Saturday, May 28, 2011

Four weeks down, four more to go

It feels like I hit the jackpot this past week – seven visitors! Definitely a highlight.

First it was a lovely visit from four friends from a camping group I used to belong to, Border Cities Travelers. Dottie and Darryld and Norma and Charles and I spent the afternoon visiting.

Next Albuquerque friend Larry Flinn arrived to camp for three days. Larry has recently retired and for the next 18 months he will be traveling around the country. He also plans to hike the Appalachian Trail before returning to his home in late 2012. He and the park’s heritage educator (John Read) hiked to the top of one of the Three Sisters peaks just north of here. He left Friday morning, heading to Arizona.

While Larry was here, Mary and Jack Harris (also Border Cities Travelers) drove down from Silver City. This called for lunch at the Pink Store and a stop at Super Memo (grocery store) in Palomas, Mexico.

Winds still blowing; weather turns toasty

Now, I’m not complaining – the winds are not as strong and not blowing every day. When I think of the folks in other parts of the country that have been devastated by tornadoes, I’m grateful that we don’t have it anywhere near as bad.

Day temps have reached 100+ in the afternoons; nights cool off to the low-to-mid 60s. We sure could use some rain. Weather website says 10% chance on Wednesday.

I love sunrises and sunsets – these are both times to drink in their colors and replenish my spirit with their richness. A time to reflect on life.

God arranges opportunities to remind us to slow down and think about what’s important in life.

I must remark about the amazing New Mexico skies! At PVSP we have a horizon-to-horizon view of the ever-changing cloud formations. I’m glad to be an early riser – to enjoy the sunrises, which I consider God’s gift for getting up. And because of a lot of dust and smoke in the sky to the west (wind and wildfires) the setting sun has been nearly blood-red.

Here’s a photo of the sky at mid-day a few days ago:

Spiffing up the campgrounds

Most mornings, between 6 and 8 a.m. and again between 6 and 8 p.m. when it is cool, you’ll find me cleaning up cactus patches and watering our thirsty trees. I’ve adopted 15 campsite areas that have 60+ trees. It is hazardous work and more than once I’ve ended up backing into a cactus or yucca. I do love these early morning times – the birds are singing – I think they are thanking me for the trenches of water around the trees I’m watering – and I have a deep feeling of satisfaction. As I work, I often think of something I read years ago:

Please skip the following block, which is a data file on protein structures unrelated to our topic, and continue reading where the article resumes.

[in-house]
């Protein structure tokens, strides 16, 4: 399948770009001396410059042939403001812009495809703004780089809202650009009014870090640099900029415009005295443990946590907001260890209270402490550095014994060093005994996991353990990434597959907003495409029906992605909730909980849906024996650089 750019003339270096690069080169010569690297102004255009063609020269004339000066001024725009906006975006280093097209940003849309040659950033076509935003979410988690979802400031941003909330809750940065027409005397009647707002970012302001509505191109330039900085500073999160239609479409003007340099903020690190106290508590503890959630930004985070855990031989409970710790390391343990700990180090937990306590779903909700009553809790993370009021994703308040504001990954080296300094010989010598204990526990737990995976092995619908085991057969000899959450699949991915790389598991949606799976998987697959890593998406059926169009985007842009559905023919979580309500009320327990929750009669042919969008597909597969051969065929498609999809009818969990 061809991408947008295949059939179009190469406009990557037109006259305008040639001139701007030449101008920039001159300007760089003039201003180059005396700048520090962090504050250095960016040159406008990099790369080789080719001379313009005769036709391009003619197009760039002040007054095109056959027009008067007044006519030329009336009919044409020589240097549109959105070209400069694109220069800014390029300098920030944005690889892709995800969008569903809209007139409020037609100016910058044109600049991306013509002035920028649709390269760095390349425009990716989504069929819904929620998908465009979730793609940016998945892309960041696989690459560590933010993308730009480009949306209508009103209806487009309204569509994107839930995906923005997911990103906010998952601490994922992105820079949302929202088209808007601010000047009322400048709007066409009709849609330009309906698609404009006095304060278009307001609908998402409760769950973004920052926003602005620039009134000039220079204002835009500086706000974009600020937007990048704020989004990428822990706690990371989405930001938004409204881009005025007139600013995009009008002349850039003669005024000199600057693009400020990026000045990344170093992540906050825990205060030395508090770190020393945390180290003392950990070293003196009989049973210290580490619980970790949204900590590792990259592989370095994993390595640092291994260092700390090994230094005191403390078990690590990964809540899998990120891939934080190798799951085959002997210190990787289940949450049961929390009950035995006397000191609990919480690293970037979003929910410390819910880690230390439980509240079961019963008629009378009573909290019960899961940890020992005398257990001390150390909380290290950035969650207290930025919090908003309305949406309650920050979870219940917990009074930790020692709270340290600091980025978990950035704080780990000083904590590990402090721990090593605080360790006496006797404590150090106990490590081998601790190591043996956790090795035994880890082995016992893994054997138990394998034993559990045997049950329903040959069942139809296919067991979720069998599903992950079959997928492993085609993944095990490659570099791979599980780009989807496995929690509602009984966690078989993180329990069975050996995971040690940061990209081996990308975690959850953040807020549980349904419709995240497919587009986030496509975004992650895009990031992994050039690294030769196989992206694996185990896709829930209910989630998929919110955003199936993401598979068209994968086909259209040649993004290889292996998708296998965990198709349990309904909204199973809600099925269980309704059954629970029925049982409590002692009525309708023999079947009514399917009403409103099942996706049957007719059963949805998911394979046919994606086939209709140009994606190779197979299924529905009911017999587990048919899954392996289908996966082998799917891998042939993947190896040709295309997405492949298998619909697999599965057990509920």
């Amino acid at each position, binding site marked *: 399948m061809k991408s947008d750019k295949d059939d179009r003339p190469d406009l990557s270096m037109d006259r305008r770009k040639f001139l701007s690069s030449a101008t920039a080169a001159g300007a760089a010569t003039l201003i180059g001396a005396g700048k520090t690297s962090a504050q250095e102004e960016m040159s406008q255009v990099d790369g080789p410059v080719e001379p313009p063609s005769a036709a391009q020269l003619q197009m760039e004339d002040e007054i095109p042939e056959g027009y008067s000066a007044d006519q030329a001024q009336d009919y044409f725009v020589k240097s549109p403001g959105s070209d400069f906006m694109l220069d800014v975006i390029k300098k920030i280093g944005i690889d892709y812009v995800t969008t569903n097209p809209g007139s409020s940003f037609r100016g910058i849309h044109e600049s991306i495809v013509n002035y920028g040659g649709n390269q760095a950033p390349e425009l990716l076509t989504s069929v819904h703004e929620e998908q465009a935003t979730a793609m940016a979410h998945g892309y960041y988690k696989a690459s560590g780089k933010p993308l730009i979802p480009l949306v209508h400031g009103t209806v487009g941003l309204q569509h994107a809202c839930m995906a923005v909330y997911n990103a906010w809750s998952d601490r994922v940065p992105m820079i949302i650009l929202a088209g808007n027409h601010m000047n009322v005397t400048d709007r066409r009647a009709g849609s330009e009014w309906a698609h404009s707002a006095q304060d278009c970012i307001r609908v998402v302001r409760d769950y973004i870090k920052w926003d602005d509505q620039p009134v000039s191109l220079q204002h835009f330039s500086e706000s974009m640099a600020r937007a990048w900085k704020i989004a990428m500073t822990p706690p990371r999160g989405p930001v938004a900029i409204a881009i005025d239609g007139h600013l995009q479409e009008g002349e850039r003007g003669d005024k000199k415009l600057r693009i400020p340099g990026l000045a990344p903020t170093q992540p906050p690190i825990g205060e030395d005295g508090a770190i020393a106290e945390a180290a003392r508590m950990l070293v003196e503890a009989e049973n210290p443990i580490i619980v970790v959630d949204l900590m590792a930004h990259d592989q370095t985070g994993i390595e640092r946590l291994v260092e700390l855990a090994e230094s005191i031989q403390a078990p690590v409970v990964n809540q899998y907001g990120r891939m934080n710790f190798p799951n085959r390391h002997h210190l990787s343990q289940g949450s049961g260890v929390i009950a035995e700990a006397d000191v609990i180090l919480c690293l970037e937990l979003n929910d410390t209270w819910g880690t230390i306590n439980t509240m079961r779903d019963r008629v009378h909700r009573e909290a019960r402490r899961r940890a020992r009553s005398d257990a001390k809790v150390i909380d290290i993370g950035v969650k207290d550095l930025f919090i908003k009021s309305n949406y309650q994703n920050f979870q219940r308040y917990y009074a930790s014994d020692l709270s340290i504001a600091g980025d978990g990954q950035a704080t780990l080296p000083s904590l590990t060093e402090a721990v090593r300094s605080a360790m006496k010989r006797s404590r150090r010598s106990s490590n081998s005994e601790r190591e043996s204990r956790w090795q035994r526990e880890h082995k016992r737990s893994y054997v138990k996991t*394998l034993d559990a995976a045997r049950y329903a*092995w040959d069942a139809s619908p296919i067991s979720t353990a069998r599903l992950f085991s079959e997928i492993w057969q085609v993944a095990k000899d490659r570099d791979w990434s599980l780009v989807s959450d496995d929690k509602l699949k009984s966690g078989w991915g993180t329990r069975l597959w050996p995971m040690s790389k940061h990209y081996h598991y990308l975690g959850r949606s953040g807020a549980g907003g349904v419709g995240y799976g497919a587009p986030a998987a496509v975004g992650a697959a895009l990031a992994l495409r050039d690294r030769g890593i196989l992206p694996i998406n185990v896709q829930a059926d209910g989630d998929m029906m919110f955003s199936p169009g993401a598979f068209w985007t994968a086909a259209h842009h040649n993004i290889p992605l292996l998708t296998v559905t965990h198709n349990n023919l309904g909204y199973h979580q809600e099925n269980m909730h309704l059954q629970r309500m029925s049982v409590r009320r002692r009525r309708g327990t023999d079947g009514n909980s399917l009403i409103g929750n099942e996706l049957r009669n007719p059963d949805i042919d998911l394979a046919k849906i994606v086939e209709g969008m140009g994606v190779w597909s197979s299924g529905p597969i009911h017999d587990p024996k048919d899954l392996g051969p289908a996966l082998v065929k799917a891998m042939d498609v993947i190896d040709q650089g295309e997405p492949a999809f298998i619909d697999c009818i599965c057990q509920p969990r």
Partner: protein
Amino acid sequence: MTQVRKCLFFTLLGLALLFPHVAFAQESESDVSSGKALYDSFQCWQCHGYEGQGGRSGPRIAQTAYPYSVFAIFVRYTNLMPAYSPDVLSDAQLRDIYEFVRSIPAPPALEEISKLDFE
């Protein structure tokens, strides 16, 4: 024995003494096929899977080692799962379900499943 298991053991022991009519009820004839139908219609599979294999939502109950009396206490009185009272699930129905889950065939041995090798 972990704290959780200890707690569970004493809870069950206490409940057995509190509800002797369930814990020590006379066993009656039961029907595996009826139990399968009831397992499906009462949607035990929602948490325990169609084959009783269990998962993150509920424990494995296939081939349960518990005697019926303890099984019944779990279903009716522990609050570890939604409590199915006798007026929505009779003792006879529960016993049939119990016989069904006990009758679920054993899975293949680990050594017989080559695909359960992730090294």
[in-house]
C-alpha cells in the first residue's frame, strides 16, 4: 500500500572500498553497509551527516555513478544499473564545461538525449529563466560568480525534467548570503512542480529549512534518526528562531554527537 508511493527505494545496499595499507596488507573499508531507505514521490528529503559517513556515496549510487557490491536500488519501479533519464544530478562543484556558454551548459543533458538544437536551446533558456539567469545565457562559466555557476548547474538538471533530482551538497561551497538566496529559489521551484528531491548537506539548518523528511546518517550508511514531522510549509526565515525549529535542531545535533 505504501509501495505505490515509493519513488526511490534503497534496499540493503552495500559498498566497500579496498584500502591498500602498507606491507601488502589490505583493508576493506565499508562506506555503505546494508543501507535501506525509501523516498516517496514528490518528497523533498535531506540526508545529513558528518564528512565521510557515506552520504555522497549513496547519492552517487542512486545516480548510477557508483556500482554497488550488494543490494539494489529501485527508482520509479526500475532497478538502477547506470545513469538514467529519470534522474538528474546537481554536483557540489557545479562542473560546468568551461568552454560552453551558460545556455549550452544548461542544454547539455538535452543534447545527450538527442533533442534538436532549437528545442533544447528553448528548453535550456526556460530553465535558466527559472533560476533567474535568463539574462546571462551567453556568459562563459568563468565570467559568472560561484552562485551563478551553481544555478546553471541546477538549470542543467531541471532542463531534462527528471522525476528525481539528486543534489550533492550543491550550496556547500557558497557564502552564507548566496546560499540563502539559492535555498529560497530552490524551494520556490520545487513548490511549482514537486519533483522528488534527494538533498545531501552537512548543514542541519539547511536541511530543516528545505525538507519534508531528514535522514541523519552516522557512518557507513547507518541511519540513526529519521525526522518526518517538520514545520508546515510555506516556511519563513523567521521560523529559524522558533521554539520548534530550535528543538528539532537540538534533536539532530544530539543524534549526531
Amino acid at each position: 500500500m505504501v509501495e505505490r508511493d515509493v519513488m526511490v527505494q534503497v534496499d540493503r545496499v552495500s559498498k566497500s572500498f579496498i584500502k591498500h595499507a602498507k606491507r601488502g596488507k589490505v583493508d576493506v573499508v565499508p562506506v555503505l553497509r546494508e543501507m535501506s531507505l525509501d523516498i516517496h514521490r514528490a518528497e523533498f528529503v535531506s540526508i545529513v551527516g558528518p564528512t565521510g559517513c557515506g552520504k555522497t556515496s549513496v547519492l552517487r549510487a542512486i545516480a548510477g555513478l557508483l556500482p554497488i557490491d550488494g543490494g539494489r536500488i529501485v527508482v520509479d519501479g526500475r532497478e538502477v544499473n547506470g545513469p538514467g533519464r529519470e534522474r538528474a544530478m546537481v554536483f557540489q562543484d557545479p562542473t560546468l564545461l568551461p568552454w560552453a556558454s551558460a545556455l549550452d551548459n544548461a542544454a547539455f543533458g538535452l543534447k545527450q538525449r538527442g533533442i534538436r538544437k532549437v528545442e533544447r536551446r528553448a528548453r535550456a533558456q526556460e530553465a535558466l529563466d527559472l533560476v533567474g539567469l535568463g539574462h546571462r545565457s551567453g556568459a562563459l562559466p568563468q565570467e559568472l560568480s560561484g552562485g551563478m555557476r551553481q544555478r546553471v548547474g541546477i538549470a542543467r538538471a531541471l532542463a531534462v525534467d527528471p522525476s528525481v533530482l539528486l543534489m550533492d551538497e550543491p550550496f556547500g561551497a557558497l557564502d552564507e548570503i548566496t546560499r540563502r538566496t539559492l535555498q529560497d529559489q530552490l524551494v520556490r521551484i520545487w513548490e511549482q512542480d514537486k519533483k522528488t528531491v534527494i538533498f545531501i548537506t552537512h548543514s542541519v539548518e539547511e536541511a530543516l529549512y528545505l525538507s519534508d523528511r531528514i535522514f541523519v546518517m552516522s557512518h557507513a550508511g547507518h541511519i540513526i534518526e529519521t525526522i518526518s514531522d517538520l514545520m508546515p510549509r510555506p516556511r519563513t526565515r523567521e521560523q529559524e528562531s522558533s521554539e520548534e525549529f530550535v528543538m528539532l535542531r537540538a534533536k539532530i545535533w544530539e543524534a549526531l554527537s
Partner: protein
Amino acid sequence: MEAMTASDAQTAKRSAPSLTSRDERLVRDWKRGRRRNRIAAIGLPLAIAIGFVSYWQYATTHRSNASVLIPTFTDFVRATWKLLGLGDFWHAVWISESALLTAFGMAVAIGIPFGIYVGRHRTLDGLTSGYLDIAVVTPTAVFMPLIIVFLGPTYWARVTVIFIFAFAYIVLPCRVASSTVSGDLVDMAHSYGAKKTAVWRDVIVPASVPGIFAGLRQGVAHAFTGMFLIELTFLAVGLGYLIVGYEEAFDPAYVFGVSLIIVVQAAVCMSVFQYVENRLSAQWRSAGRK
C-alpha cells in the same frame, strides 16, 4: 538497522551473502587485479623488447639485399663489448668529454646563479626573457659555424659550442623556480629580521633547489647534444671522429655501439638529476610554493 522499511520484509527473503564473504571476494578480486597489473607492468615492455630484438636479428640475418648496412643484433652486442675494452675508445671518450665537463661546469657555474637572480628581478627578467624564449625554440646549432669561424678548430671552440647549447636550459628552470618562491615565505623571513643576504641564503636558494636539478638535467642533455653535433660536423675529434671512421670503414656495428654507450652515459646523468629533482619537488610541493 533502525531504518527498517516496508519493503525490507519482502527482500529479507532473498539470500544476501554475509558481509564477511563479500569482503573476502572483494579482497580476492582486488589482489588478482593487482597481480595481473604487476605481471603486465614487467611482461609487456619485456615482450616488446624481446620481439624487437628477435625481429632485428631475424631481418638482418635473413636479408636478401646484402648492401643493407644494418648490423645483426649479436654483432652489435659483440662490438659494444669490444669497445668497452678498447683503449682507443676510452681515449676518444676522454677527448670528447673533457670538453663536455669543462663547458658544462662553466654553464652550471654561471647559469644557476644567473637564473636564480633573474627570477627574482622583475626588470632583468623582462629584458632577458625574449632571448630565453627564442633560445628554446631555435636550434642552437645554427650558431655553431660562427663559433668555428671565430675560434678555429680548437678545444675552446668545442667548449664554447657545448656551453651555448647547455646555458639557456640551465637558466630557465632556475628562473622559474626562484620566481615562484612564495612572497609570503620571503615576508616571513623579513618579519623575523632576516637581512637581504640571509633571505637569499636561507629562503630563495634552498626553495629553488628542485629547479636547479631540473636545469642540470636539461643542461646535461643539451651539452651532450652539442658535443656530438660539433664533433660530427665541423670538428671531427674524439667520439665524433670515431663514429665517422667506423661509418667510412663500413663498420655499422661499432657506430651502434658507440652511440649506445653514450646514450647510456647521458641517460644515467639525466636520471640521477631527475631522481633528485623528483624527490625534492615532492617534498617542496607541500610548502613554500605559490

Just like a few years ago when I spent time hoe-ing weeds here, I’ve worn holes in my heavy-duty leather gloves. No problem, I’ve patched them with ever-useful duct tape! I will say those campsites are looking mighty nice. Now if we just had some campers to enjoy them…

Park Techs Martin and Junior and Seasonal Worker Hector have been busy cutting down dead trees, picking up my piles of dead cactus and planting new trees. They cleaned up two dead “century plants” and found a rattlesnake and uncovered a nest that has 11 quail eggs. Surprisingly after several days, the eggs are still there. I had thought something would come along and make a meal

Useful plants are topic of presentation

Ranger Charles Wood from Oliver Lee State Park (Near Alamagordo, NM) had an interesting plant program the weekend that the Gila Travelers (Elks Lodge RVers from Silver City) were here. He had us all sampling mesquite and yucca flowers. And he encourages us to taste mesquite beans later this summer when they are ready.

As always, interesting campers

Jean Holloway-Burkett was here for a couple days – she had just picked up a new-to-her Born Free RV and was on her way back to her home base in Benson, Arizona. She introduced me to two of her RV friends, Betty (in an RV similar to mine) and Dick (in a trailer). We had nice visiting time and traded some books with each other.

Hazel and her two rescued greyhounds are camping here. I first saw her as she pedaled by on a recumbent ‘tricycle’ with her dogs in tow. She also travels with two cats.

Visitor Center duties

I ‘work’ two full days each week – Thursday and Friday. Visitors are few and far between so I read books, work crossword puzzles and take brisk walks around the inside of the building (about 105 paces each lap).

Not much reading this past Thursday, though, because the Sergeant Major’s Academy from Fort Bliss (El Paso, TX) brought 170 students here to study the Pancho Villa Invasion and General Pershing’s subsequent Punitive Expedition into Mexico. Students are from all branches of the armed forces and also include some foreigners. One of the students, who I had an interesting chat with, is a tribal leader from Indonesian Province of Papua New Guinea. When he completes the academy, he will return to his country to run the military.

(Info from Internet: Lying just south of the equator, 160 km north of Australia, Papua New Guinea is part of a great arc of mountains stretching from Asia, through Indonesia and into the South Pacific. With a vibrant and colorful culture, more than 600 islands and 800 indigenous languages, Papua New Guinea is made up of 4 regions with 20 provinces.)

FYI, friend Larry Flinn is a graduate of the Sergeant Major’s Academy; he explained that these students are not ‘kids’ rather most of them are career military in their late 30s or 40s.

Half-way through at PVSP

Four weeks down, four more to go. When I leave here near the end of June, I’ll drive to Albuquerque/Rio Rancho to visit family and friends and to get Jeremiah ready for the summer adventure.